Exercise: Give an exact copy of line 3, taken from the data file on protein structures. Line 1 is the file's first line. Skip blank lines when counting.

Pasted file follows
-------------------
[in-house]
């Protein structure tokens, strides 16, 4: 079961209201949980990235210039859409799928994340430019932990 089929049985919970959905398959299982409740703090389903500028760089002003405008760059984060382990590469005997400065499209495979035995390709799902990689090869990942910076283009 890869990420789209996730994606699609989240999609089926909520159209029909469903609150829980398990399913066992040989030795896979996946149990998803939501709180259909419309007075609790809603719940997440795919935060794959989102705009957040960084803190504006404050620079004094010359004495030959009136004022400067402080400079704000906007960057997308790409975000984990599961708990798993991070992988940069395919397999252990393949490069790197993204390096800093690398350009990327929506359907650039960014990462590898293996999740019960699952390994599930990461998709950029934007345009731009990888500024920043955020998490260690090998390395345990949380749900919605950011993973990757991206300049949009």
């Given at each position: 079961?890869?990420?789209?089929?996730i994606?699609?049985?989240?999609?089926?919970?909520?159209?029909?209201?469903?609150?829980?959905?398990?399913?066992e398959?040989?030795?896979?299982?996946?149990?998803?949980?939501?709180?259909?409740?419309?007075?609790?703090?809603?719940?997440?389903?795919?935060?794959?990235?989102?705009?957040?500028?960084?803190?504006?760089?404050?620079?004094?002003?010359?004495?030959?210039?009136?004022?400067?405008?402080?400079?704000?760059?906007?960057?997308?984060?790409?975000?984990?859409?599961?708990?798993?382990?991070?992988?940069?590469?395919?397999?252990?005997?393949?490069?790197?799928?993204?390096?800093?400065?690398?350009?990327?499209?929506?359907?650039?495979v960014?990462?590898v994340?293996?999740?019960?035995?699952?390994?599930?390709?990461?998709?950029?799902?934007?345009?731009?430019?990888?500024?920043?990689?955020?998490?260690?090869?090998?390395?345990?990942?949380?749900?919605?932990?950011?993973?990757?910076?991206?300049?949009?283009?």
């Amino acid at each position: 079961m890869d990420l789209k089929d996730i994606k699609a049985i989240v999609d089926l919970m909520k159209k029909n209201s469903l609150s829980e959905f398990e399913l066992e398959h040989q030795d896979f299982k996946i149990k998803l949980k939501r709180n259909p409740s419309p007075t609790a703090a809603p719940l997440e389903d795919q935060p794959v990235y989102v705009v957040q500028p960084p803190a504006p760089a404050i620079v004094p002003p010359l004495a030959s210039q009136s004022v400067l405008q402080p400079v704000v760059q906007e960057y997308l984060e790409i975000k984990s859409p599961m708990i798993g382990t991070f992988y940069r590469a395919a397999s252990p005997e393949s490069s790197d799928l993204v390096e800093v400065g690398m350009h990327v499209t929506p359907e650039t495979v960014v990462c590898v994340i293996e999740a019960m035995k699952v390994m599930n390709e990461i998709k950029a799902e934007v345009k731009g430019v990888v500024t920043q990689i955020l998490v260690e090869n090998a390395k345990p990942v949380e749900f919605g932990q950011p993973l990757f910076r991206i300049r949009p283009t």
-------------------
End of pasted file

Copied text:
């Given at each position: 079961?890869?990420?789209?089929?996730i994606?699609?049985?989240?999609?089926?919970?909520?159209?029909?209201?469903?609150?829980?959905?398990?399913?066992e398959?040989?030795?896979?299982?996946?149990?998803?949980?939501?709180?259909?409740?419309?007075?609790?703090?809603?719940?997440?389903?795919?935060?794959?990235?989102?705009?957040?500028?960084?803190?504006?760089?404050?620079?004094?002003?010359?004495?030959?210039?009136?004022?400067?405008?402080?400079?704000?760059?906007?960057?997308?984060?790409?975000?984990?859409?599961?708990?798993?382990?991070?992988?940069?590469?395919?397999?252990?005997?393949?490069?790197?799928?993204?390096?800093?400065?690398?350009?990327?499209?929506?359907?650039?495979v960014?990462?590898v994340?293996?999740?019960?035995?699952?390994?599930?390709?990461?998709?950029?799902?934007?345009?731009?430019?990888?500024?920043?990689?955020?998490?260690?090869?090998?390395?345990?990942?949380?749900?919605?932990?950011?993973?990757?910076?991206?300049?949009?283009?």